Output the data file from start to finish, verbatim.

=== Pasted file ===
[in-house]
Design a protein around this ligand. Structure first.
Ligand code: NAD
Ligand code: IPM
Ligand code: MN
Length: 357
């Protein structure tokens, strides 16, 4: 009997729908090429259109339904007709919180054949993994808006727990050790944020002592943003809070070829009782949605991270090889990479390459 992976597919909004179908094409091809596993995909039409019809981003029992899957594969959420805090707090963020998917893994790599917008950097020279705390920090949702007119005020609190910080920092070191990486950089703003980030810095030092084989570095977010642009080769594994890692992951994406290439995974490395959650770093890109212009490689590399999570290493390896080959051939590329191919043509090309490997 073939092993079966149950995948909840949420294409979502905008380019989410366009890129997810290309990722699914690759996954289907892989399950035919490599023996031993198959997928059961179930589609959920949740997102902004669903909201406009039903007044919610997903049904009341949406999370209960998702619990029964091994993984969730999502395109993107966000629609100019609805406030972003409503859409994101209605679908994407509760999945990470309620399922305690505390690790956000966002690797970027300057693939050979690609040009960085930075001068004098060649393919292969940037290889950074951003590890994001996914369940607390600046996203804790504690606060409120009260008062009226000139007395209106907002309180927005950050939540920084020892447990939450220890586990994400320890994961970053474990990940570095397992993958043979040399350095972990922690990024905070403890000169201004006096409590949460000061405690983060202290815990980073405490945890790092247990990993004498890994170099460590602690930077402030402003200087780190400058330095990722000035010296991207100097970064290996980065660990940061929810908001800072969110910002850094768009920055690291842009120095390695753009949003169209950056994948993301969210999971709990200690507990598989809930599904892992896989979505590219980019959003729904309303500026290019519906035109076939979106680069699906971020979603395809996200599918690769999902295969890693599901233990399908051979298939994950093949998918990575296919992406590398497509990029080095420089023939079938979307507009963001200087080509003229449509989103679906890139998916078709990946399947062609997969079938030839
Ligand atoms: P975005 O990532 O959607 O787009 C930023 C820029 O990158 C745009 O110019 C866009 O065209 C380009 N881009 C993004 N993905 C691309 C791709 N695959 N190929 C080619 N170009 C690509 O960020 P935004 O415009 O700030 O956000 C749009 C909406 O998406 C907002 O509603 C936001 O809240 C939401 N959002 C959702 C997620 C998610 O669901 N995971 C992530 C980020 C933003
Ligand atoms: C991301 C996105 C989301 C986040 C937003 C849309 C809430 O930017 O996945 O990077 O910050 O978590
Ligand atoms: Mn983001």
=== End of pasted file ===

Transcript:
[in-house]
Design a protein around this ligand. Structure first.
Ligand code: NAD
Ligand code: IPM
Ligand code: MN
Length: 357
């Protein structure tokens, strides 16, 4: 009997729908090429259109339904007709919180054949993994808006727990050790944020002592943003809070070829009782949605991270090889990479390459 992976597919909004179908094409091809596993995909039409019809981003029992899957594969959420805090707090963020998917893994790599917008950097020279705390920090949702007119005020609190910080920092070191990486950089703003980030810095030092084989570095977010642009080769594994890692992951994406290439995974490395959650770093890109212009490689590399999570290493390896080959051939590329191919043509090309490997 073939092993079966149950995948909840949420294409979502905008380019989410366009890129997810290309990722699914690759996954289907892989399950035919490599023996031993198959997928059961179930589609959920949740997102902004669903909201406009039903007044919610997903049904009341949406999370209960998702619990029964091994993984969730999502395109993107966000629609100019609805406030972003409503859409994101209605679908994407509760999945990470309620399922305690505390690790956000966002690797970027300057693939050979690609040009960085930075001068004098060649393919292969940037290889950074951003590890994001996914369940607390600046996203804790504690606060409120009260008062009226000139007395209106907002309180927005950050939540920084020892447990939450220890586990994400320890994961970053474990990940570095397992993958043979040399350095972990922690990024905070403890000169201004006096409590949460000061405690983060202290815990980073405490945890790092247990990993004498890994170099460590602690930077402030402003200087780190400058330095990722000035010296991207100097970064290996980065660990940061929810908001800072969110910002850094768009920055690291842009120095390695753009949003169209950056994948993301969210999971709990200690507990598989809930599904892992896989979505590219980019959003729904309303500026290019519906035109076939979106680069699906971020979603395809996200599918690769999902295969890693599901233990399908051979298939994950093949998918990575296919992406590398497509990029080095420089023939079938979307507009963001200087080509003229449509989103679906890139998916078709990946399947062609997969079938030839
Ligand atoms: P975005 O990532 O959607 O787009 C930023 C820029 O990158 C745009 O110019 C866009 O065209 C380009 N881009 C993004 N993905 C691309 C791709 N695959 N190929 C080619 N170009 C690509 O960020 P935004 O415009 O700030 O956000 C749009 C909406 O998406 C907002 O509603 C936001 O809240 C939401 N959002 C959702 C997620 C998610 O669901 N995971 C992530 C980020 C933003
Ligand atoms: C991301 C996105 C989301 C986040 C937003 C849309 C809430 O930017 O996945 O990077 O910050 O978590
Ligand atoms: Mn983001």